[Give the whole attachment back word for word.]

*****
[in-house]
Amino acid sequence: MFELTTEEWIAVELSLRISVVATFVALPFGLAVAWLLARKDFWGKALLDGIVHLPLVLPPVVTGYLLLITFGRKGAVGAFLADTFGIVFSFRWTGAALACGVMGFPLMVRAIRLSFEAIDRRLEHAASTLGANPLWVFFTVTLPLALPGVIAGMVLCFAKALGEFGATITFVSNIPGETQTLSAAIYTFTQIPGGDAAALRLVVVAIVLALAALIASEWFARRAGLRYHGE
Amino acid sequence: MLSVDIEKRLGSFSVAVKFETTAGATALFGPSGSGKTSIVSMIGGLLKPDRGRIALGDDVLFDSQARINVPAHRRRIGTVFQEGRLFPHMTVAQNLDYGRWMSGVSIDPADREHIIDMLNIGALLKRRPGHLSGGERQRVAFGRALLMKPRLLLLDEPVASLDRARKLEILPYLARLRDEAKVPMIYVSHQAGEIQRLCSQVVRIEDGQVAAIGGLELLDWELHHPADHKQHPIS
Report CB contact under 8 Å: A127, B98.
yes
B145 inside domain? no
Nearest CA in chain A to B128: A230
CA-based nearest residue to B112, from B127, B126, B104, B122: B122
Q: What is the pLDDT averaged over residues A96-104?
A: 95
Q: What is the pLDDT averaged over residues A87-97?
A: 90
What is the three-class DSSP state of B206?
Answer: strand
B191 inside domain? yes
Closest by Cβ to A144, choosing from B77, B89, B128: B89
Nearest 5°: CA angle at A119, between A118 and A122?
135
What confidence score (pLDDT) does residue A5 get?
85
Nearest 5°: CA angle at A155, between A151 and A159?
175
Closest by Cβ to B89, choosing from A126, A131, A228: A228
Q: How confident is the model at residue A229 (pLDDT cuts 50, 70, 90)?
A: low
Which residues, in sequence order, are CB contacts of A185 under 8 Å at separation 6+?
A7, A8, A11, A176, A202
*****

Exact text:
[in-house]
Amino acid sequence: MFELTTEEWIAVELSLRISVVATFVALPFGLAVAWLLARKDFWGKALLDGIVHLPLVLPPVVTGYLLLITFGRKGAVGAFLADTFGIVFSFRWTGAALACGVMGFPLMVRAIRLSFEAIDRRLEHAASTLGANPLWVFFTVTLPLALPGVIAGMVLCFAKALGEFGATITFVSNIPGETQTLSAAIYTFTQIPGGDAAALRLVVVAIVLALAALIASEWFARRAGLRYHGE
Amino acid sequence: MLSVDIEKRLGSFSVAVKFETTAGATALFGPSGSGKTSIVSMIGGLLKPDRGRIALGDDVLFDSQARINVPAHRRRIGTVFQEGRLFPHMTVAQNLDYGRWMSGVSIDPADREHIIDMLNIGALLKRRPGHLSGGERQRVAFGRALLMKPRLLLLDEPVASLDRARKLEILPYLARLRDEAKVPMIYVSHQAGEIQRLCSQVVRIEDGQVAAIGGLELLDWELHHPADHKQHPIS
Report CB contact under 8 Å: A127, B98.
yes
B145 inside domain? no
Nearest CA in chain A to B128: A230
CA-based nearest residue to B112, from B127, B126, B104, B122: B122
Q: What is the pLDDT averaged over residues A96-104?
A: 95
Q: What is the pLDDT averaged over residues A87-97?
A: 90
What is the three-class DSSP state of B206?
Answer: strand
B191 inside domain? yes
Closest by Cβ to A144, choosing from B77, B89, B128: B89
Nearest 5°: CA angle at A119, between A118 and A122?
135
What confidence score (pLDDT) does residue A5 get?
85
Nearest 5°: CA angle at A155, between A151 and A159?
175
Closest by Cβ to B89, choosing from A126, A131, A228: A228
Q: How confident is the model at residue A229 (pLDDT cuts 50, 70, 90)?
A: low
Which residues, in sequence order, are CB contacts of A185 under 8 Å at separation 6+?
A7, A8, A11, A176, A202